“Feet First” – what you need to know about diabetes and amputation
There is a significant correlation between diabetes and lower limb amputation. Between 2014 and 2017, Diabetes UK reported a staggering 26,378 lower limb amputations related to diabetes in England, an increase of 19.4% from 2010 to 2013; approximately 168 amputations a week.
Amputations in diabetics, more often than not, are related to the development of a foot infection or unhealed ulcer and brings to the fore the importance of adequate and appropriate foot management and care.
Appropriate management can be achieved both by educating patients and ensuring well-organised diabetic foot-care teams. Worryingly though, Diabetes UK indicated that the increase in amputations could be attributed to a lack of integrated approach in care provided to the sufferers.
Diabetic foot can be easily managed, and with appropriate care, mean no significant injury for the sufferer. With this in mind, here are some signs to look out for:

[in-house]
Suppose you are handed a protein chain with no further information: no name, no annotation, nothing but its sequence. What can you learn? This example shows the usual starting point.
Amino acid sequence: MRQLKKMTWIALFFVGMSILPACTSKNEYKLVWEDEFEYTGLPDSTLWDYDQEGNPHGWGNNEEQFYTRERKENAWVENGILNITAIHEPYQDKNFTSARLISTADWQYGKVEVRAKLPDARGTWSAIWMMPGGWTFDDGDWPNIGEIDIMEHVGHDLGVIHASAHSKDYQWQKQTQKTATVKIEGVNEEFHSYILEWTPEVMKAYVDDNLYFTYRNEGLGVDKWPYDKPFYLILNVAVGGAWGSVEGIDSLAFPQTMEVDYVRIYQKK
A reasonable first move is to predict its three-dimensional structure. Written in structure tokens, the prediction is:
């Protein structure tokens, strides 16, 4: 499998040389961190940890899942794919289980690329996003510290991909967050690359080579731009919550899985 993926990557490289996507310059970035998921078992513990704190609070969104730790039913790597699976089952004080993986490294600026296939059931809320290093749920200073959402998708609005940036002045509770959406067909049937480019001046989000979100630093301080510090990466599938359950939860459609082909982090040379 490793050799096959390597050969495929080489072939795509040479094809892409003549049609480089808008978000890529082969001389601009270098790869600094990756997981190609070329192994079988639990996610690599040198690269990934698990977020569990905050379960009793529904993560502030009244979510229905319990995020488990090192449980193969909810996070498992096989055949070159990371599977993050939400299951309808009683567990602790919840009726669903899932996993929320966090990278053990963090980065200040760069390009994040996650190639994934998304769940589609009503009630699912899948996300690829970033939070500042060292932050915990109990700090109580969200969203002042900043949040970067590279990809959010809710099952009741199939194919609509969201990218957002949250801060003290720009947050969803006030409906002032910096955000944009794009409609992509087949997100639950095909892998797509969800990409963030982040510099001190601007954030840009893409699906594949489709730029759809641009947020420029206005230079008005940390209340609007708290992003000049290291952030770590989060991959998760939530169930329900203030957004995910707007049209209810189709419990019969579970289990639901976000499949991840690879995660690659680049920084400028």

Signs and Symptoms of Diabetic Foot
Importantly a diabetic should look out for, and contact their GP, if they notice: -
- tingling sensation or pins and needles (like numbness)
- pain (burning)
- a dull ache
- shiny, smooth skin on their feet
- hair loss on their legs and feet
- loss of feeling in their feet or legs
- swollen feet
- feet not sweating
- wounds or sores that don’t heal
- cramp in their calves when resting or walking.
And contact their local foot team urgently if they notice:
- changes in the colour and shape of their feet
- cold or hot feet
- blisters and cuts that can be seen but not felt
- foul smell coming from an open wound
How should an infection related to diabetes be treated?
As a diabetic, you should be regularly reviewed by a podiatrist. If you become aware of a foot ulcer, you should notify your GP immediately; typically you will be started on antibiotics and if the ulcer does not clear up, it should result in a referral to the Specialist Foot Clinic.
The correct antibiotic regime should clear up any residual infection in the foot, although on occasion, it may require a hospital admission for IV antibiotics as opposed to just an oral course.
When can it lead to amputation?
Risks arise for patients when the infection is not brought under control quickly enough. The infection can spread and infect the bone, resulting in a requirement that toes, feet, or even part of the leg must be amputated to stop the spread of the infection.
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